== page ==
The Cydonia Institute
Through NASA’s own photographs the truth will be revealed
The Cydonia Institute                                                            Vol.4  No.3  ◘
The 2001 Face – The Bearded Jaguar
by George J. Haas
June 2001
 
 
 
    The right side of the 2001 image of the Face confirms the feline aspect of the east side of the 1998 Face (Figure 1). Although the 1998 exposure is narrow and dark it's feline aspects are still present and confirmed in the new 2001 image. Notice that in the current 2001 image of the Feline side of the Face still retains the crown feature and a square shape to the head. We still see the rectangular, squinting eyes, the muzzle, and a short zig-zag shaped mane or beard. Also note the four little "fangs" at the top and bottom of the flailing tongue.

 
Figure 1
Comparison of both eastern feline sides of the Face on Mars 1998 & 2001

a. 2001 Feline side: NASA/JPL (E03-00824)
 
b. 1998 Feline side: negative reversal (SPI-22003).


   The only surprise in the new photograph is the presents of four little "fangs" at the top and bottom of a flailing "tongue". The tongue is highly decorated with a crown like pattern (Figure 2).


Figure 2
The Crowned Tongue

Left: Highlighted detail of central axis with tooth and tongue
Note two teeth on left and half of the Crowned Tongue on the right.

Right: The Crowned Tongue feature (duplicated).
Note the owl shape of the face


   On an Olmec mask from Guerrero,1 Mexico a jaguar head is depicted with a beard and a flailing tongue (Figure 3). Notice the small beard flowing around the lower jaw and neck area.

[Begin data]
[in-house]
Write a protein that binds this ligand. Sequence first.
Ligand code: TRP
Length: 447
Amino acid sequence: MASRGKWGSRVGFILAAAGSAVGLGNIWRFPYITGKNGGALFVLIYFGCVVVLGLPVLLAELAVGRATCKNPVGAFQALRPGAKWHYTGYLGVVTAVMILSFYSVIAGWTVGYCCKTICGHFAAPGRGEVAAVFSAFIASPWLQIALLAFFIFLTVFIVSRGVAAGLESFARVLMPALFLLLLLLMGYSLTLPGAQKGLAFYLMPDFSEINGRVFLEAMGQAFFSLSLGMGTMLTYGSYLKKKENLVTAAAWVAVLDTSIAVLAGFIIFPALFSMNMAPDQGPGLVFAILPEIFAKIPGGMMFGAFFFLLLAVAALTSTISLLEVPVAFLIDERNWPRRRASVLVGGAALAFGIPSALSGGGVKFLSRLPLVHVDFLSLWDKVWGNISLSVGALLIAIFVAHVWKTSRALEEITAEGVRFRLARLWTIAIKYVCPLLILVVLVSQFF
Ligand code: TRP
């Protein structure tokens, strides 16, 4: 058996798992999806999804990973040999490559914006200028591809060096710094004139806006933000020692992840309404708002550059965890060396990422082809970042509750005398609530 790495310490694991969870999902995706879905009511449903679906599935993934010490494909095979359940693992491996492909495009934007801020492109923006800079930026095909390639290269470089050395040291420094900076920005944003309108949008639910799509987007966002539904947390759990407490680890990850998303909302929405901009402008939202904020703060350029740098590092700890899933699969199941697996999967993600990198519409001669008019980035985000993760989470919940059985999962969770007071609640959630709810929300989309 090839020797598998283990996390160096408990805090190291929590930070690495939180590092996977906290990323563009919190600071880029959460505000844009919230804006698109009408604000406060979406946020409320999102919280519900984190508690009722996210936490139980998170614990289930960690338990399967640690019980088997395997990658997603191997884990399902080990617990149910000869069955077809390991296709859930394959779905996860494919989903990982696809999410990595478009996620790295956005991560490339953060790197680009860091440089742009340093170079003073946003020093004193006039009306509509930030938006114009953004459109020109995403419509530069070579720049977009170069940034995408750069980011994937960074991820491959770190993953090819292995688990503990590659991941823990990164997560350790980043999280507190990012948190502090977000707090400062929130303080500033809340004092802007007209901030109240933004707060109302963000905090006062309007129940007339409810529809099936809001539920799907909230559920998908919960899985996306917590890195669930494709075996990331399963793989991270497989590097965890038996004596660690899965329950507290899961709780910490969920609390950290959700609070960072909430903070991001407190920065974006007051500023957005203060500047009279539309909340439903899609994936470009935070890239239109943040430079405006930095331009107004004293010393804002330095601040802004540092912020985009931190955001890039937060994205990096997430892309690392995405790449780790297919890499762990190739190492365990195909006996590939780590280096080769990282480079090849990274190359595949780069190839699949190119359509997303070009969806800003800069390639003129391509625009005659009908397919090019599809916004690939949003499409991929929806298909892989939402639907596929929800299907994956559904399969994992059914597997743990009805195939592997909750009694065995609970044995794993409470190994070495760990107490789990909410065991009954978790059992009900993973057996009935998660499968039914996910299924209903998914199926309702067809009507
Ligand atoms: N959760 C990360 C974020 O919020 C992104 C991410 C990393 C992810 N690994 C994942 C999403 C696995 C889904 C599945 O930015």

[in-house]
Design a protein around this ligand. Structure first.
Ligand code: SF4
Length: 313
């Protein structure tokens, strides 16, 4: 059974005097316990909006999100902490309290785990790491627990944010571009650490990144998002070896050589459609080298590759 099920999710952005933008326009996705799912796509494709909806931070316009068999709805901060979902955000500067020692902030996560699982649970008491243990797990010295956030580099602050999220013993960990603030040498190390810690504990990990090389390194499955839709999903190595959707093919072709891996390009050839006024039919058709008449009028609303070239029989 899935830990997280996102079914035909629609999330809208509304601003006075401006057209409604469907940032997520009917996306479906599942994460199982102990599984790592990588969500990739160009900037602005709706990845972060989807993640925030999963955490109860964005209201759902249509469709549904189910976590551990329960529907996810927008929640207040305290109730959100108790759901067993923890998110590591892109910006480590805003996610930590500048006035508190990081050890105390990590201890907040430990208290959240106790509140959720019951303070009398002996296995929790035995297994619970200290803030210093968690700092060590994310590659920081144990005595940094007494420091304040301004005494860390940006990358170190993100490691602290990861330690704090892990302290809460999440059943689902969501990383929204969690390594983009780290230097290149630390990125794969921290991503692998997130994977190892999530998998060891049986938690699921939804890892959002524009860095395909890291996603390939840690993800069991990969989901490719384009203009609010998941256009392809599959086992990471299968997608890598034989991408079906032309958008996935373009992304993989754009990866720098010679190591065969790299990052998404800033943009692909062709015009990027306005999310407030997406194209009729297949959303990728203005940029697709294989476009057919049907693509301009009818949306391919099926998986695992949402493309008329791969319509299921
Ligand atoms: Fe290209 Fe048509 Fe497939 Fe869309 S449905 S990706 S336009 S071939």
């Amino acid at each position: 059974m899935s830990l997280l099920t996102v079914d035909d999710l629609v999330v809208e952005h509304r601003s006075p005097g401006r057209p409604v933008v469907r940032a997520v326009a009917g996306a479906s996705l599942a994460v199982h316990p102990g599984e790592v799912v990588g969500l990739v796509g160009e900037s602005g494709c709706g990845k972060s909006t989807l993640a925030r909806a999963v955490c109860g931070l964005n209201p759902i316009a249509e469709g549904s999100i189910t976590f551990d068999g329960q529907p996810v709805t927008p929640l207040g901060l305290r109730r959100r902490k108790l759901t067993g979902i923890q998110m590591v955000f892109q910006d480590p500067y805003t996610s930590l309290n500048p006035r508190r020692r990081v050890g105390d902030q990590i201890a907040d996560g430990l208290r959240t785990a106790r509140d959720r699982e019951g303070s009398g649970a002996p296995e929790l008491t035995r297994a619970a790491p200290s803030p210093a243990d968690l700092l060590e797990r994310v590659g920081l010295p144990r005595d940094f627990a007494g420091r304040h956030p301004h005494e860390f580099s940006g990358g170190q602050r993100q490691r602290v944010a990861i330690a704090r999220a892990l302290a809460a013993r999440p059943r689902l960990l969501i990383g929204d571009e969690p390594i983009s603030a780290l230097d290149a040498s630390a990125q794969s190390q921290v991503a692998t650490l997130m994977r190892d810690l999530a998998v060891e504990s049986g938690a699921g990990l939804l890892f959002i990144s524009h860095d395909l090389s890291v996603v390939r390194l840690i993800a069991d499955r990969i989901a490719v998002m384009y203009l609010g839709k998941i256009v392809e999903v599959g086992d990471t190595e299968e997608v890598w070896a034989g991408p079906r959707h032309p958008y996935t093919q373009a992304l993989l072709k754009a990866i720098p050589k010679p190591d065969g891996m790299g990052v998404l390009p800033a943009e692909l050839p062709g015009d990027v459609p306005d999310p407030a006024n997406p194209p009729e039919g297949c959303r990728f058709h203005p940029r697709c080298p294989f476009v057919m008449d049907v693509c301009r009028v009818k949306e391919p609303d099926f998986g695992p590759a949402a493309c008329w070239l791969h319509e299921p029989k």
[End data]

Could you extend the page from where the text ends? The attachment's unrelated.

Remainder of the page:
Figure 3
Olmec bearded jaguar
Note the ears, fangs, flailing tongue, and short beard-like mane
 
Drawing by George J. Haas
(Image source: Art of Ancient America by Disselhoff and Linne).

   In Mesoamerican cultures the flailing tongue was often seen as a sign of bloodletting2 and many glyphs portray jaguars with flailing tongues (Figure 4a). The tongue was synonymous with the sacrificial knife and many images display these protruding tongues in the shape of a knife blade3 (Figure 4b).


Figure 4
Tongues and knife blades
 
a. Maya Jaguar glyph with jeweled tongue
 
Drawing by George J. Haas
(Image source: After Thompson) 
 
b. Aztec sacrificial blade
Note the tongue shaped knife has a face
 
Drawing by George J. Haas
(Image source: Montezuma's Mexico: Visions of the Aztec World by Carrasco) 
 

Footnotes
 

1. Hans-Dietrich Disselhoff and Sigvald Linne, The Art of Ancient America (New York: Greystone Press, 1966), 75. Although this mask is not a typical example of Olmec art, Dr. Lothrop has ascribed it to the Olmec culture. The mask is from Rio de las Balsas, Guerrero, and exhibits a “stylistic influence” of the Olmec of La Venta.

2. Linda Schele and David Freidel, A Forest of Kings: The Untold Story of the Ancient Maya (New York: Quill, 1990), 89.

3. Cottie Burland and Werner Forman, Echoes of the Ancient World: The Aztecs: Fate of the Warrior Nation (Yugoslavia: Golden Press, 1985), 102.
 

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